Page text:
Don’t be quiet: Why the City needs to shout about its good work in wider society

Alan Yarrow
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City Giving Day takes place on 30 September (Source: Getty)
Over the past year, I have said frequently that firms in the City are too quiet when there is good news to tell. All too often, the negative stories are the ones that gain the most headlines – normally involving rogue operators or massive fines.

This coverage is wholly disproportionate – and wholly depressing. This great City is the pre-eminent global financial centre, and the engine of our economy, for a reason. Its most precious asset is its people: a uniquely diverse talent pool that is world-renowned for fairness, equality and upholding the highest standards of the rule of law. But you don’t need to be doing business with them to benefit. What about all the brilliant things the City is doing in our communities – to support the workforce of tomorrow? Where is the publicity for the thousands of firms silently supporting our young people through mentoring, training and apprenticeships?

This week, 16 year-olds up and down the UK will nervously open envelopes containing their GCSE results. It goes without saying that “education” is the main story in town. But do we know how businesses are helping students to achieve their best in exams, and step closer to their chosen careers? I ask because, if we don’t know, we can’t appreciate the impact it is having. And we won’t know to encourage more of it.

Every week, staff from City firms spend their lunchtimes as reading, writing, IT and number partners to children in local schools – through the charity Tower Hamlets Education Business Partnership. Every week, 2,200 volunteers, from organisations including Lloyd’s of London, Baker & McKenzie, the Bank of England and Mayer Brown, partner primary school children to help improve their literacy and numeracy – and wider educational standards.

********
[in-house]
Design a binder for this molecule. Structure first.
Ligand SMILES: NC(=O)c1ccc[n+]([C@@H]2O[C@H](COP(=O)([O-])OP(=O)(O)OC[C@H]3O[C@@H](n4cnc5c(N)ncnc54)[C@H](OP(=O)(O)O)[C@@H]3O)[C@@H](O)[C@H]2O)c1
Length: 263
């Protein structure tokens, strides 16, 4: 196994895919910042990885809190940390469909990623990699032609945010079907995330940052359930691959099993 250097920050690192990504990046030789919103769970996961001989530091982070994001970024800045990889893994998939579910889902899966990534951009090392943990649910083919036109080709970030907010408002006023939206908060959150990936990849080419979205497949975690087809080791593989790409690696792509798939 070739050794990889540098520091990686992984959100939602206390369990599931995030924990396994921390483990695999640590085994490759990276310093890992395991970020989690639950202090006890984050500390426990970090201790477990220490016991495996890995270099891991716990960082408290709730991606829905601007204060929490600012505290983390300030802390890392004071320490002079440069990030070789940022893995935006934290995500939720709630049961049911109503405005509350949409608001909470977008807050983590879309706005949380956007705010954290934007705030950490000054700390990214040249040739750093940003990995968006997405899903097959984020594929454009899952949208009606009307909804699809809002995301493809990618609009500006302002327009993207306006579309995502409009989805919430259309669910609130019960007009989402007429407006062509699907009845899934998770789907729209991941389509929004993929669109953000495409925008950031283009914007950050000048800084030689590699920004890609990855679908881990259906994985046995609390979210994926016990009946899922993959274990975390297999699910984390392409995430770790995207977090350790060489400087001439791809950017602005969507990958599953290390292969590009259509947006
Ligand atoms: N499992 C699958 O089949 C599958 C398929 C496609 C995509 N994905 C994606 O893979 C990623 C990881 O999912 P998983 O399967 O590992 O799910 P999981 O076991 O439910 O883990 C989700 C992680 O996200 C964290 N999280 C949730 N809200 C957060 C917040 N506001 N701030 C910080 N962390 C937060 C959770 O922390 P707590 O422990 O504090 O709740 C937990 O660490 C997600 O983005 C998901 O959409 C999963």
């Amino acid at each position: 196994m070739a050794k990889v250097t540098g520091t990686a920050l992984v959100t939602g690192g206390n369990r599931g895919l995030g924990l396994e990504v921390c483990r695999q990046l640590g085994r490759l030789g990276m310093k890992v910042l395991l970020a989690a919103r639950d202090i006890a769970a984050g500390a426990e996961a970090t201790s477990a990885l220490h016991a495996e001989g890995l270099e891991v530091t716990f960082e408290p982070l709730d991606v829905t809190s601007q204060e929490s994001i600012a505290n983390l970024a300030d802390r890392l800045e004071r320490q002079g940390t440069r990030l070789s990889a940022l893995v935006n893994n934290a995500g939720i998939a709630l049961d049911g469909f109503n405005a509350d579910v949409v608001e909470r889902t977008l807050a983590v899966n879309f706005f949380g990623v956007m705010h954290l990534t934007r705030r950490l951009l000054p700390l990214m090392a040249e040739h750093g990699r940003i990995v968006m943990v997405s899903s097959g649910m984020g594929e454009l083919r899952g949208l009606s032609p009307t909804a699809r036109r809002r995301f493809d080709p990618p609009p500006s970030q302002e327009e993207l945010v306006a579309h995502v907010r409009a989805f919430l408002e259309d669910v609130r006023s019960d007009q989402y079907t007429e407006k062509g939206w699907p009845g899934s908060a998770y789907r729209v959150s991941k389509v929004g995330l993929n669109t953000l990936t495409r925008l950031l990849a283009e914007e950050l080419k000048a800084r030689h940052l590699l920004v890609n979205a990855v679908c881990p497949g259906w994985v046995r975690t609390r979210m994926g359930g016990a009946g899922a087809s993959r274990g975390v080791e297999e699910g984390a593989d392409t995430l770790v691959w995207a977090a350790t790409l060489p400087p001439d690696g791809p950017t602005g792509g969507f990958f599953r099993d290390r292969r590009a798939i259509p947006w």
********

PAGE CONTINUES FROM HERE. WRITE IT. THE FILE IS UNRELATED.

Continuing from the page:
Let me give you another example, one particularly close to my own heart: the work so many companies are doing to help children and young people with disabilities. Have you ever contemplated the numerous hurdles faced by those with vision or hearing impairments during their formative years? Did you know that only a third of deaf children in England leave secondary school having hit national GCSE benchmarks? This compares with two-thirds for their hearing classmates.

That is why it is so good to see so many City companies offering pro bono support to local and national charities. Law firm Fieldfisher is among them, and it’s teamed up with the National Deaf Children’s Society to help families at tribunals and judicial reviews get what they need to access the curriculum. UBS is also doing a tremendous amount – since 2005, it has given over £12m of support (financial, in-kind and employee volunteering) to the borough of Hackney for the benefit of over 5,000 individuals.

These are precisely the stories we never really hear about: the companies that create and contribute immense wealth – of time and resource – to our communities; the companies helping our young people to progress up the career ladder and achieve their goals – whether scoring top notch GCSE grades, jumping onto an apprenticeship scheme, or taking their first steps as a City professional.

City Giving Day, on 30 September, provides the perfect chance to celebrate everything that the City is doing to help our young people achieve success – for themselves, for their loved ones, and for our whole society. This is a great, “good news” story! And we in the City need to tell it more loudly, and more proudly. Because you all deserve to hear it and take pride in what your City – this great global City – is all about. Do you have a fantastic story to tell? Could your firm help train young talent? Please get involved and be part of one of the City’s oldest traditions: to build a strong, healthy society and help those in need.

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